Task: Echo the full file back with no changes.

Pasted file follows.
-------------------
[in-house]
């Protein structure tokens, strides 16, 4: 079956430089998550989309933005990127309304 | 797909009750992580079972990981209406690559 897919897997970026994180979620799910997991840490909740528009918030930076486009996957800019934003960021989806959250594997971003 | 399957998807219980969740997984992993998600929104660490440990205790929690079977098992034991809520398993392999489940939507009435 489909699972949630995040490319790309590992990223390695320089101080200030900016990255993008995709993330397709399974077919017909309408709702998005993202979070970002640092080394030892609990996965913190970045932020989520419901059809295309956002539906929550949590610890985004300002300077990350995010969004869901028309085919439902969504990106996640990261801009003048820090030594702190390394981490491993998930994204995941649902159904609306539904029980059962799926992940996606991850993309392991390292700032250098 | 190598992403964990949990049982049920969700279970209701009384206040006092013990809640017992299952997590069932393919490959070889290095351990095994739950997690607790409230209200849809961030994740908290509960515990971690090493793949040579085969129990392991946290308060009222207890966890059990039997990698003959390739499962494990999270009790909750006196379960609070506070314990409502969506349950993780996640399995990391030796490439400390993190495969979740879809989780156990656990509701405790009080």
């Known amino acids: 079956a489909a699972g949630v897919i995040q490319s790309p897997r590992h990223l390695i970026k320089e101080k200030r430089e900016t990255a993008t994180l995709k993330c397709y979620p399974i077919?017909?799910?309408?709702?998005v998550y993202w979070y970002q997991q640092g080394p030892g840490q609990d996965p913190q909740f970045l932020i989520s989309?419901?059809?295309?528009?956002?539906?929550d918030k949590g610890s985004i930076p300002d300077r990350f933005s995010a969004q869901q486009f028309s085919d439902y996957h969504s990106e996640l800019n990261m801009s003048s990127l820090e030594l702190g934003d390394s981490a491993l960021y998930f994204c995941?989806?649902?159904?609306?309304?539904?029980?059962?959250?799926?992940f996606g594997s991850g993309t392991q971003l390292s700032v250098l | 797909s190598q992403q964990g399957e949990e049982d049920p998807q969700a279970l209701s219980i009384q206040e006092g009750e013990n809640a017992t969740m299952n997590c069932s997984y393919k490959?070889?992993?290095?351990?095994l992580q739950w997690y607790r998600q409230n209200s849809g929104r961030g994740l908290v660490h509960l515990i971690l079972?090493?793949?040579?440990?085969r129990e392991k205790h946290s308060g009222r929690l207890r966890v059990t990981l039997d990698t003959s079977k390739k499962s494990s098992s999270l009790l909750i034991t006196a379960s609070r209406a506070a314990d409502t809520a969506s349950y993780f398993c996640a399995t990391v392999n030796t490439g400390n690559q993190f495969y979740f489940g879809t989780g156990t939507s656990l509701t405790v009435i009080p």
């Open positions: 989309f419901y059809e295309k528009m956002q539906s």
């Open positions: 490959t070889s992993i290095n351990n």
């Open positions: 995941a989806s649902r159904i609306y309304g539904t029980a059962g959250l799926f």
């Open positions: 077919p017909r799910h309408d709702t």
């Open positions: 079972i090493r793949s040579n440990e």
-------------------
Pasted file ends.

[in-house]
């Protein structure tokens, strides 16, 4: 079956430089998550989309933005990127309304 | 797909009750992580079972990981209406690559 897919897997970026994180979620799910997991840490909740528009918030930076486009996957800019934003960021989806959250594997971003 | 399957998807219980969740997984992993998600929104660490440990205790929690079977098992034991809520398993392999489940939507009435 489909699972949630995040490319790309590992990223390695320089101080200030900016990255993008995709993330397709399974077919017909309408709702998005993202979070970002640092080394030892609990996965913190970045932020989520419901059809295309956002539906929550949590610890985004300002300077990350995010969004869901028309085919439902969504990106996640990261801009003048820090030594702190390394981490491993998930994204995941649902159904609306539904029980059962799926992940996606991850993309392991390292700032250098 | 190598992403964990949990049982049920969700279970209701009384206040006092013990809640017992299952997590069932393919490959070889290095351990095994739950997690607790409230209200849809961030994740908290509960515990971690090493793949040579085969129990392991946290308060009222207890966890059990039997990698003959390739499962494990999270009790909750006196379960609070506070314990409502969506349950993780996640399995990391030796490439400390993190495969979740879809989780156990656990509701405790009080």
């Known amino acids: 079956a489909a699972g949630v897919i995040q490319s790309p897997r590992h990223l390695i970026k320089e101080k200030r430089e900016t990255a993008t994180l995709k993330c397709y979620p399974i077919?017909?799910?309408?709702?998005v998550y993202w979070y970002q997991q640092g080394p030892g840490q609990d996965p913190q909740f970045l932020i989520s989309?419901?059809?295309?528009?956002?539906?929550d918030k949590g610890s985004i930076p300002d300077r990350f933005s995010a969004q869901q486009f028309s085919d439902y996957h969504s990106e996640l800019n990261m801009s003048s990127l820090e030594l702190g934003d390394s981490a491993l960021y998930f994204c995941?989806?649902?159904?609306?309304?539904?029980?059962?959250?799926?992940f996606g594997s991850g993309t392991q971003l390292s700032v250098l | 797909s190598q992403q964990g399957e949990e049982d049920p998807q969700a279970l209701s219980i009384q206040e006092g009750e013990n809640a017992t969740m299952n997590c069932s997984y393919k490959?070889?992993?290095?351990?095994l992580q739950w997690y607790r998600q409230n209200s849809g929104r961030g994740l908290v660490h509960l515990i971690l079972?090493?793949?040579?440990?085969r129990e392991k205790h946290s308060g009222r929690l207890r966890v059990t990981l039997d990698t003959s079977k390739k499962s494990s098992s999270l009790l909750i034991t006196a379960s609070r209406a506070a314990d409502t809520a969506s349950y993780f398993c996640a399995t990391v392999n030796t490439g400390n690559q993190f495969y979740f489940g879809t989780g156990t939507s656990l509701t405790v009435i009080p």
């Open positions: 989309f419901y059809e295309k528009m956002q539906s």
């Open positions: 490959t070889s992993i290095n351990n």
């Open positions: 995941a989806s649902r159904i609306y309304g539904t029980a059962g959250l799926f």
């Open positions: 077919p017909r799910h309408d709702t």
């Open positions: 079972i090493r793949s040579n440990e």